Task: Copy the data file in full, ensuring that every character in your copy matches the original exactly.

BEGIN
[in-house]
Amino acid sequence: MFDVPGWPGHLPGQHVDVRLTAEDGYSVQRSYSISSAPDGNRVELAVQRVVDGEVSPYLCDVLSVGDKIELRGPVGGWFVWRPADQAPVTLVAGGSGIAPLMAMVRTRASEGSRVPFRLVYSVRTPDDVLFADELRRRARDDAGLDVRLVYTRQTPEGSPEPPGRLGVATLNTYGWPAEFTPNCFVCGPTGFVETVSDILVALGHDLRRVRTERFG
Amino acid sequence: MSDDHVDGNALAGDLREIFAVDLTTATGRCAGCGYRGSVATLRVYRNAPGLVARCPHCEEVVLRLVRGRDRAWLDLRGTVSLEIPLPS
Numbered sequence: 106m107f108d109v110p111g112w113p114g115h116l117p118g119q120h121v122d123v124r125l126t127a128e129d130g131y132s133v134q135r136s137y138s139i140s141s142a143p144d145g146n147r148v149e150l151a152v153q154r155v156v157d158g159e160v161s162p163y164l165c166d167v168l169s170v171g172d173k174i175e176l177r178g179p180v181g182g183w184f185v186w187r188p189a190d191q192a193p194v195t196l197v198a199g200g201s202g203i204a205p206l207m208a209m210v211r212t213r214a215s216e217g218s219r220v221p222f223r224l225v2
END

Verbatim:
[in-house]
Amino acid sequence: MFDVPGWPGHLPGQHVDVRLTAEDGYSVQRSYSISSAPDGNRVELAVQRVVDGEVSPYLCDVLSVGDKIELRGPVGGWFVWRPADQAPVTLVAGGSGIAPLMAMVRTRASEGSRVPFRLVYSVRTPDDVLFADELRRRARDDAGLDVRLVYTRQTPEGSPEPPGRLGVATLNTYGWPAEFTPNCFVCGPTGFVETVSDILVALGHDLRRVRTERFG
Amino acid sequence: MSDDHVDGNALAGDLREIFAVDLTTATGRCAGCGYRGSVATLRVYRNAPGLVARCPHCEEVVLRLVRGRDRAWLDLRGTVSLEIPLPS
Numbered sequence: 106m107f108d109v110p111g112w113p114g115h116l117p118g119q120h121v122d123v124r125l126t127a128e129d130g131y132s133v134q135r136s137y138s139i140s141s142a143p144d145g146n147r148v149e150l151a152v153q154r155v156v157d158g159e160v161s162p163y164l165c166d167v168l169s170v171g172d173k174i175e176l177r178g179p180v181g182g183w184f185v186w187r188p189a190d191q192a193p194v195t196l197v198a199g200g201s202g203i204a205p206l207m208a209m210v211r212t213r214a215s216e217g218s219r220v221p222f223r224l225v2